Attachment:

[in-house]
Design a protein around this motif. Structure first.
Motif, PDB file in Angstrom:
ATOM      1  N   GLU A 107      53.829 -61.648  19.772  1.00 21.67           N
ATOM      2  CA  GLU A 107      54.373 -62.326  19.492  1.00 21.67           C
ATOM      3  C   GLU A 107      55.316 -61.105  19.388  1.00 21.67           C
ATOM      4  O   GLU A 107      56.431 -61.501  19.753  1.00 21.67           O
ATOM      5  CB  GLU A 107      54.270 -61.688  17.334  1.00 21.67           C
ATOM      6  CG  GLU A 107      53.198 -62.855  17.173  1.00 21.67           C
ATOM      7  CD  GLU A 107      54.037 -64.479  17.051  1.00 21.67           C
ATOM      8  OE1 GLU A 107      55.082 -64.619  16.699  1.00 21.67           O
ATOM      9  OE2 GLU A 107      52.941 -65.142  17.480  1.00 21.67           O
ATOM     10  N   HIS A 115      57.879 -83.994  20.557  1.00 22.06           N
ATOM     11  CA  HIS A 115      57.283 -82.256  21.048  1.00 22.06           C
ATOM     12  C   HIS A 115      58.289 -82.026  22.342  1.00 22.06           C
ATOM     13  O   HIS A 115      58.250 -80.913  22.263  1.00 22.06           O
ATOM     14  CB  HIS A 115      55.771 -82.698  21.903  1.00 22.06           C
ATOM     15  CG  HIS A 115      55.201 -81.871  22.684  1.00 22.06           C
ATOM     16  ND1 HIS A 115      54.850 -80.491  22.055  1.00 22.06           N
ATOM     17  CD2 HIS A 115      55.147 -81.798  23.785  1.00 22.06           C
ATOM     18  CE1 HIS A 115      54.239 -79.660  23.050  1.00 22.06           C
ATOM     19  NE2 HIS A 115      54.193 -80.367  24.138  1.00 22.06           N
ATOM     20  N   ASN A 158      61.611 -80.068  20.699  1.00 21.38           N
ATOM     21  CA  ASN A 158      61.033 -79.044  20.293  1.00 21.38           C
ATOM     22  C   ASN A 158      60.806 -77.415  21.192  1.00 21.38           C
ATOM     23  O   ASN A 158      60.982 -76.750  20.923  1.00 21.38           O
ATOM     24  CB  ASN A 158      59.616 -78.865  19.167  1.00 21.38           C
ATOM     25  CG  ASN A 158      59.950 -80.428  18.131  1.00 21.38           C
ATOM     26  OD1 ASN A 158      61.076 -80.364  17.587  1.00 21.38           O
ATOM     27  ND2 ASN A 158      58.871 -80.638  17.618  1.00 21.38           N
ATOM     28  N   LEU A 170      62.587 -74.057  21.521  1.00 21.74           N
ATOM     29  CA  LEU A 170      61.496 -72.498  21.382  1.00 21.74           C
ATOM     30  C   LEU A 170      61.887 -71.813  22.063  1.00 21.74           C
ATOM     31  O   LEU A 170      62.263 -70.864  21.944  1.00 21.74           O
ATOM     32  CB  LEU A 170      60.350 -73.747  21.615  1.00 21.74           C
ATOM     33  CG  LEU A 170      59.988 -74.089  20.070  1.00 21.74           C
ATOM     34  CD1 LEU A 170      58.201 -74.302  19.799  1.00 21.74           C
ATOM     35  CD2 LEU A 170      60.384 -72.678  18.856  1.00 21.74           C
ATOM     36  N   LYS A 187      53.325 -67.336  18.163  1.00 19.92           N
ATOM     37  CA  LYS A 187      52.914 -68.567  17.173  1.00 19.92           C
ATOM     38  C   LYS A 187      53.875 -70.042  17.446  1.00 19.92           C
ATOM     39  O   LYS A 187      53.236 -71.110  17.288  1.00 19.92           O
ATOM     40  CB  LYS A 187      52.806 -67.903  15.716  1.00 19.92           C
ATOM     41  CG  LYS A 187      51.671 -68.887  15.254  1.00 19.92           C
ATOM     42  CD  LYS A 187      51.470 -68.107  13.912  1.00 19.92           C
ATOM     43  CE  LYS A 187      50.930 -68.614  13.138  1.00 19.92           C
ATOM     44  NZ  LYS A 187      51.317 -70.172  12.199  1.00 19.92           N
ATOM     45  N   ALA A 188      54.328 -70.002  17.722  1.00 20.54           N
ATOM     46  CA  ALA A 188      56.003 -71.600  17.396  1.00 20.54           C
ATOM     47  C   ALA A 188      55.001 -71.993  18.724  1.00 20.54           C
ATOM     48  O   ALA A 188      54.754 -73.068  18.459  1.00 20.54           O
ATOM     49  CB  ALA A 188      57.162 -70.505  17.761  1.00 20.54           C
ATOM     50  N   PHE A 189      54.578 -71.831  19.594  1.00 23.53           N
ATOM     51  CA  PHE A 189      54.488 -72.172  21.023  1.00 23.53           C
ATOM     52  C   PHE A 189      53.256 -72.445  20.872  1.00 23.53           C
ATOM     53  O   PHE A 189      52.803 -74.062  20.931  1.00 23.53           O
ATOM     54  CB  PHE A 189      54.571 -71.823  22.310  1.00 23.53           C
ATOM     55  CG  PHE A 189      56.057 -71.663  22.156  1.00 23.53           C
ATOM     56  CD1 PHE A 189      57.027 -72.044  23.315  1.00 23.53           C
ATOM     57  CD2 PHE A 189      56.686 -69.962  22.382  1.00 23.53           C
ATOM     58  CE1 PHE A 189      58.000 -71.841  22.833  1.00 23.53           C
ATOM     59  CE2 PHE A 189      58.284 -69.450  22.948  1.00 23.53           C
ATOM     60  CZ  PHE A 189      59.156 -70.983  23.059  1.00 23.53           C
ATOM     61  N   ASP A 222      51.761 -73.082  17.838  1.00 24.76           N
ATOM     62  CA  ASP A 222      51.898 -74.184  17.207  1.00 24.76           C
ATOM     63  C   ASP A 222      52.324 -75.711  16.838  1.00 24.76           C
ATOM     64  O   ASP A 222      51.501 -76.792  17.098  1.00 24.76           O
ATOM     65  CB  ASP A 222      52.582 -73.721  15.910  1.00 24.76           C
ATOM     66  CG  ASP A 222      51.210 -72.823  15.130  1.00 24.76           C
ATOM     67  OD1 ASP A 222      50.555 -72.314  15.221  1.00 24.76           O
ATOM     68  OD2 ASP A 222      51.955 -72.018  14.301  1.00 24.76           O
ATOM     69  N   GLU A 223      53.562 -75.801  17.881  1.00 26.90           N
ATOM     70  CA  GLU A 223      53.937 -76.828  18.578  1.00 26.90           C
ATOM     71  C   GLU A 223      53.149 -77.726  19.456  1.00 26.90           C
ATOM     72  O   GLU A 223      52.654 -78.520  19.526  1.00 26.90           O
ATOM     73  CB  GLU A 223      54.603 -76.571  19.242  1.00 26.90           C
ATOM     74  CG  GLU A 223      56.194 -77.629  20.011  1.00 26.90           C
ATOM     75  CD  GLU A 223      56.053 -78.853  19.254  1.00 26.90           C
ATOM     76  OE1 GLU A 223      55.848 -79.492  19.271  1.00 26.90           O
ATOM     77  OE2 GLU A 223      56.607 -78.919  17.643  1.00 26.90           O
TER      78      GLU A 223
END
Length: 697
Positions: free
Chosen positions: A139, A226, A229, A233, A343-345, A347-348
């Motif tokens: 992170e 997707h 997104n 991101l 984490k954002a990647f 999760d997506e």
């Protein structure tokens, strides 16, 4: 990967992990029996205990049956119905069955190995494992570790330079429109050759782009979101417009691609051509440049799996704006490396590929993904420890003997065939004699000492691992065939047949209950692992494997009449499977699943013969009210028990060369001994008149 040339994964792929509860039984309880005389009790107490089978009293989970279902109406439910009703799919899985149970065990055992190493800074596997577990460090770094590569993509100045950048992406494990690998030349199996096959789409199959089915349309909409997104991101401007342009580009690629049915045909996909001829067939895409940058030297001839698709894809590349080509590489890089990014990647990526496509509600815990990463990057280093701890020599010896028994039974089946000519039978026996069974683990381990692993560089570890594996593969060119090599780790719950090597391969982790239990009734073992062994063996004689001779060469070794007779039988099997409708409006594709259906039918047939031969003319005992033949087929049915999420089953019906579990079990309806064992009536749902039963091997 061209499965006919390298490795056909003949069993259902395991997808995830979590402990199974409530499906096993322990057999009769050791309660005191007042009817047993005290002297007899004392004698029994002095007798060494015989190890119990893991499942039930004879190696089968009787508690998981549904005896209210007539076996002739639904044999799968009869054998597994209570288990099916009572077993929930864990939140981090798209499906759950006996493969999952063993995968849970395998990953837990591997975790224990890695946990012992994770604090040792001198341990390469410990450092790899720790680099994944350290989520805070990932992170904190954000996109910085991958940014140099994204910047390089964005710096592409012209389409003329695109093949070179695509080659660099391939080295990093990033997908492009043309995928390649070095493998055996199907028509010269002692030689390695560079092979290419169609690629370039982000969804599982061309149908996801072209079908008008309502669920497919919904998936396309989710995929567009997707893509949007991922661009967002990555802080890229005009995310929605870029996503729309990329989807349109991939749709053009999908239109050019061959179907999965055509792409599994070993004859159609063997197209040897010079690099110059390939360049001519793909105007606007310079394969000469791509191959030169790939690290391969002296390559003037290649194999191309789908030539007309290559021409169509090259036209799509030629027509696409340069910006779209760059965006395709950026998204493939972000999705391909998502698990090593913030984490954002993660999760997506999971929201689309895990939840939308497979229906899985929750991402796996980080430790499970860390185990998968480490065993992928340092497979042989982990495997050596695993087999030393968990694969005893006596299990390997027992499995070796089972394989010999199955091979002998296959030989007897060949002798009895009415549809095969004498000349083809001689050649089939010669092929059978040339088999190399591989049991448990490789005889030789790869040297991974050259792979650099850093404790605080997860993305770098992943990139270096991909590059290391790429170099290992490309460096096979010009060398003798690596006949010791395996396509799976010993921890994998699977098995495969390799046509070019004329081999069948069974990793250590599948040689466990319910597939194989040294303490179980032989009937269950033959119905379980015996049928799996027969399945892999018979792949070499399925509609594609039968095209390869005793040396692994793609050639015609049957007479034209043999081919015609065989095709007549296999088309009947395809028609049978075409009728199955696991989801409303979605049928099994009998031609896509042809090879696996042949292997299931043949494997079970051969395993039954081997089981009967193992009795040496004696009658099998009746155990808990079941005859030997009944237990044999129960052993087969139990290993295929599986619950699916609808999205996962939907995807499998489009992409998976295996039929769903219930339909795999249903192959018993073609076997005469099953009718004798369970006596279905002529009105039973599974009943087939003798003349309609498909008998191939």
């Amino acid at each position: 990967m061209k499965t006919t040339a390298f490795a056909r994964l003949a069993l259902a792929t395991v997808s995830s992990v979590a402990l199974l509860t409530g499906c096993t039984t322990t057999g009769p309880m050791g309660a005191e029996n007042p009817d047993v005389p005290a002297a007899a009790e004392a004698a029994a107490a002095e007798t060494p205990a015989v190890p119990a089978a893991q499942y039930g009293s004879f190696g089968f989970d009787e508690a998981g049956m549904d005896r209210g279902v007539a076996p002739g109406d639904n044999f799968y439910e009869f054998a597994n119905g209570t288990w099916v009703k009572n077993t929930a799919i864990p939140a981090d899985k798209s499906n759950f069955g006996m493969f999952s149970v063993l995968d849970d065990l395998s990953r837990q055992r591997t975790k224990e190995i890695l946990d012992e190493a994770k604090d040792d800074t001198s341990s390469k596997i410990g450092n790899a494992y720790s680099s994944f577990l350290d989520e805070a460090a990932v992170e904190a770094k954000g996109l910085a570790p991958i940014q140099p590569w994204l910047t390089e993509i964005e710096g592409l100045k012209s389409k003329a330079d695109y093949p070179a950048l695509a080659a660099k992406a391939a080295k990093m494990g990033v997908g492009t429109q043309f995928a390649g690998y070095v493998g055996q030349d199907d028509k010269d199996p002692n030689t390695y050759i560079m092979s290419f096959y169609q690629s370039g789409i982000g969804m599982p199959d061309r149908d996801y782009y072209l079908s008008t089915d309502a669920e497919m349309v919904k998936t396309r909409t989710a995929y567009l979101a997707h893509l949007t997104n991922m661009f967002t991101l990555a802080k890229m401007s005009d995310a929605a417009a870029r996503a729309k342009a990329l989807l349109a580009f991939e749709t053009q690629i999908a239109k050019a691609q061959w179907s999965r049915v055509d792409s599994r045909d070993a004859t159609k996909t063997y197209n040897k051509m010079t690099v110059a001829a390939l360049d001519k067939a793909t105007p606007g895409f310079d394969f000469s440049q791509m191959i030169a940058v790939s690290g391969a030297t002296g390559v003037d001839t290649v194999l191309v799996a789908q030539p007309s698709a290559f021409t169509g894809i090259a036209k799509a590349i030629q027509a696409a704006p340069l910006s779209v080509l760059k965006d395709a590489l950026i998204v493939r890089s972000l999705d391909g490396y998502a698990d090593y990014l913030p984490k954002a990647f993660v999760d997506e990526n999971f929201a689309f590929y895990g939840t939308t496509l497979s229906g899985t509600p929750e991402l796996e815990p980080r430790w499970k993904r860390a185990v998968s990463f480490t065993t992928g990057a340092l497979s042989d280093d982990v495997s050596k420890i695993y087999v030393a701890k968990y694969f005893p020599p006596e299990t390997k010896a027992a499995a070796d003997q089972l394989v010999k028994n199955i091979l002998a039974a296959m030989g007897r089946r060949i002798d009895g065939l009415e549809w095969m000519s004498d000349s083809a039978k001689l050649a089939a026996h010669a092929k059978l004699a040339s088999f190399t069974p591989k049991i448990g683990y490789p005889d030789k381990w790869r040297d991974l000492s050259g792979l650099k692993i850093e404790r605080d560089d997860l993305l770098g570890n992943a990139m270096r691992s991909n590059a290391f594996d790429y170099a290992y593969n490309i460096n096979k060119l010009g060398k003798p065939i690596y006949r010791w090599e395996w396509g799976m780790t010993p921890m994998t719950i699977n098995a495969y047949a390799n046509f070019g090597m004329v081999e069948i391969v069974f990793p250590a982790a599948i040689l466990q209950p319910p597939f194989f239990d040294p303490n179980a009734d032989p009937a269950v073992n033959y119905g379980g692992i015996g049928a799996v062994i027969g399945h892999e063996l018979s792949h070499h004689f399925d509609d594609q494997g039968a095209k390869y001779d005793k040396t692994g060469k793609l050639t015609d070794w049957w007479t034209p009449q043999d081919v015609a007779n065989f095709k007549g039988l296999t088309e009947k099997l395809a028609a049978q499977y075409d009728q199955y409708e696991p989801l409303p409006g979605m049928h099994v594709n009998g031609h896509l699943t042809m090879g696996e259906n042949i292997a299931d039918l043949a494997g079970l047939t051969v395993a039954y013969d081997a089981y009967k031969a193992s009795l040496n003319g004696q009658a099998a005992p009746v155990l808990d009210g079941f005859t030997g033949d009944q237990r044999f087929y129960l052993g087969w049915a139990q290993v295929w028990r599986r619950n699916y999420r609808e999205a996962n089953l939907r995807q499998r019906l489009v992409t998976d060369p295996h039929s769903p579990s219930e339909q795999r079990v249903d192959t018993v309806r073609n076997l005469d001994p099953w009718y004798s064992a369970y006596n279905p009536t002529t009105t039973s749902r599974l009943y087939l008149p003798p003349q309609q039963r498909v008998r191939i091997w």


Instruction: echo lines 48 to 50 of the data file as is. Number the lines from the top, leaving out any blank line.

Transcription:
ATOM     45  N   ALA A 188      54.328 -70.002  17.722  1.00 20.54           N
ATOM     46  CA  ALA A 188      56.003 -71.600  17.396  1.00 20.54           C
ATOM     47  C   ALA A 188      55.001 -71.993  18.724  1.00 20.54           C